EVERETT — In the end, a judge decided that the case wasn’t about a murder.
What Keira Earhart did was more akin to manslaughter, Snohomish County Superior Court Judge Larry McKeeman concluded on Wednesday. He sentenced the Arlington man to a dozen years in prison — three years below the sta
Earhart shot Ryan Rzechula in the back on Nov. 16, 2009. Earhart, 39, encountered Rzechula about three hours after a break-in at his Arlington house, a quarter-mile away. Earhart had gone looking for the burglar and his wife’s missing jewelry. He suspected that Rzechula, 25, was responsible for the break-in and called 911.
Prosecutors alleged that Earhart shot the unarmed man as he was running away, ignoring Earhart’s commands to stop. Rzechula died in a creek bed. His body was discovered two days later. Detectives found jewelry in his pocket that was stolen from Earhart’s house.
When the case went to trial late last year, jurors acquitted Earhart of intentional murder. They were deadlocked over whether he was guilty under a different theory and also couldn’t reach a decision on whether he was guilty of manslaughter.
That left the door open for Snohomish County deputy prosecutor Mara Rozzano to retry the case.
Jurors last month convicted Earhart of second-degree murder under a felony murder theory. They concluded that Earhart committed assault by pointing a gun at Rzechula. In the course of that crime, Earhart killed the Stanwood High School graduate. That made him guilty as charged, the jurors found.
The jury rejected Earhart’s claim that he shot Rzechula in self-defense.
Prosecutors on Wednesday asked for an 18-year prison term, a mid-range sentence under state guidelines.
“You don’t get to shoot someone who won’t stop,” Rozzano said.
Earhart has shown little remorse for his actions and has taken steps to “further victimize Ryan without taking responsibility for his actions,” Rozzano said.
Defense attorney Pete Mazzone argued that there were grounds to deviate from the standard range and sentence Earhart to six years in prison — a year for the killing and a mandatory five years for criminal use of a firearm.
The law gives judges discretion to deviate from the standard range under certain parameters.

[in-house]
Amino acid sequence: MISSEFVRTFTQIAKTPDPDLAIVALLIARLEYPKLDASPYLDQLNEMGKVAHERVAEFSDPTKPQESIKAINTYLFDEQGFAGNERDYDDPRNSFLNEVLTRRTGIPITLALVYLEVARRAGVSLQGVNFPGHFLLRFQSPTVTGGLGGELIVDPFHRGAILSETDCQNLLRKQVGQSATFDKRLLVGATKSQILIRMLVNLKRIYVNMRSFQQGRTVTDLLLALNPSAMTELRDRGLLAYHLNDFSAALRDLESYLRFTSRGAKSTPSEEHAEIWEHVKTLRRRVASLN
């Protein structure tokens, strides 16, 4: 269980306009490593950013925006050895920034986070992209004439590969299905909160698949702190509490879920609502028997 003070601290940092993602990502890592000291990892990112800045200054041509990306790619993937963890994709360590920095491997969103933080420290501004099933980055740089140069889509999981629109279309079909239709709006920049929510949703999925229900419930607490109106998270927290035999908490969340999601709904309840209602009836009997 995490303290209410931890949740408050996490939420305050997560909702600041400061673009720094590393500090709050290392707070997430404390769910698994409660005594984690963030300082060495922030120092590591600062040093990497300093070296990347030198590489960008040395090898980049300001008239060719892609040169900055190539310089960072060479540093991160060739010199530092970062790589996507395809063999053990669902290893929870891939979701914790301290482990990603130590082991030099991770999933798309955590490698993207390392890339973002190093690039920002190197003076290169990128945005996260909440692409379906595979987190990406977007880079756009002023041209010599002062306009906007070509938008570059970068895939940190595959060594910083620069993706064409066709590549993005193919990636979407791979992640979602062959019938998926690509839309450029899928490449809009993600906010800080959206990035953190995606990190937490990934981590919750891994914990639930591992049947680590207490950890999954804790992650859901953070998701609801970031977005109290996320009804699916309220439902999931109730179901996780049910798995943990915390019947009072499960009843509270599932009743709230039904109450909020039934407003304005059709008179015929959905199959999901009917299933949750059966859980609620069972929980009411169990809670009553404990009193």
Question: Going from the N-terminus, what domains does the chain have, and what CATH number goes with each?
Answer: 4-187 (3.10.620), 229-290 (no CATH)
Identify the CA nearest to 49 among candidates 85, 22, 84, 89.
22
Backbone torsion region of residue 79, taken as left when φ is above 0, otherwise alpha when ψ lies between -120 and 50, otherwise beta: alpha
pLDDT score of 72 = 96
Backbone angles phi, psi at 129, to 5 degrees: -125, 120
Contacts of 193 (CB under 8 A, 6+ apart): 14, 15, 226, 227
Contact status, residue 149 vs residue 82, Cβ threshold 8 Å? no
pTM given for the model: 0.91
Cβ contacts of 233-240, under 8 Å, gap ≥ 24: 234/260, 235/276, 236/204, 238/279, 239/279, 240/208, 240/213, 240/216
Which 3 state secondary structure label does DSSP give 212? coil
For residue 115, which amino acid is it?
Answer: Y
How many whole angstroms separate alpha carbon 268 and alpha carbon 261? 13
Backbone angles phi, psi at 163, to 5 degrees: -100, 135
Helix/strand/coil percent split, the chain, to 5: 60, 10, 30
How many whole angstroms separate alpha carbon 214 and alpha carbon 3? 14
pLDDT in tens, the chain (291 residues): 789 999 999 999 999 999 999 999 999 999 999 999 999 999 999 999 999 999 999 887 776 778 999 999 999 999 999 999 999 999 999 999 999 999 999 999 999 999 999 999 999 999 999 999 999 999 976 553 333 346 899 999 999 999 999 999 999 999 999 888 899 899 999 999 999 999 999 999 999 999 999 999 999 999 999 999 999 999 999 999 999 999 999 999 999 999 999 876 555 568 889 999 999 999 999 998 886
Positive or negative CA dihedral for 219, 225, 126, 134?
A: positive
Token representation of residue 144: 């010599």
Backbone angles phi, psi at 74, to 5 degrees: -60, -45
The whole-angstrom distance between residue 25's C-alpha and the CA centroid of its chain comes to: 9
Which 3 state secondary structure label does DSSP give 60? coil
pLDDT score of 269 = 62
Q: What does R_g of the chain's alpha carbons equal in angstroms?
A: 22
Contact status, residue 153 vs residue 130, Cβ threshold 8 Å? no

Mazzone argued that Rzechula provoked the situation by breaking into Earhart’s house and threatening him three hours later. That was reason to impose a sentence below the guidelines, he said.
Earhart’s been a law-abiding family man his whole life, the lawyer said. Dozens of people, including the man’s two children, ages 10 and 12, wrote letters to the judge. They praised his contributions to the community and his family.
“Dad is really nice. He is always in a good mood. I don’t believe I ever saw him sad. Or at least cry a tear, which is good, it means he’s strong,” his 10-year-old daughter wrote.
Earhart apologized to Rzechula’s parents on Wednesday.
“I’m very sorry. I’m very sorry,” Earhart said through tears.
Rozzano argued against leniency. Rzechula’s life was taken over a few possessions, she said.
“This is a tragedy of Mr. Earhart’s making. He elected to pull the trigger,” Rozzano said.
McKeeman presided over both murder trials. He heard the same evidence that jurors heard, and more.
The judge on Wednesday acknowledged that both families were suffering because of Earhart’s actions. They have handled themselves well during two very difficult trials, the judge said.
McKeeman said he’d hadn’t received any letters from anyone asking him to endorse vigilantism.
Jurors didn’t believe Earhart’s version of events and rejected his self-defense claim, the judge said. Still, the evidence was clear that Rzechula burglarized Earhart’s home and eluded police to avoid taking responsibility for his actions.
He continued to try to elude authorities when he refused to stop for Earhart, the judge said. That provoked the final incident that ended in his death, McKeeman concluded. The burglar’s actions also supplied reason to sentence his killer to punishment below the standard range, the judge said.
Earhart’s reaction was disproportionate to Rzechula’s actions, McKeeman said. However, this murder was not typical. Earhart didn’t intend to commit a felony. He set out to locate the burglar, have him arrested and get his property back, the judge said.
“If he intended to commit a felony, he wouldn’t have called 911,” when he encountered Rzechula, McKeeman said.
The judge said a more-appropriate punishment for Earhart would be a sentence typical for first-degree manslaughter. He felt Earhart’s actions met the legal definition of being reckless — a necessary element of manslaughter.
Regardless, under the law Earhart will remain a convicted murderer.
Diana Hefley: 425-339-3463; firstname.lastname@example.org.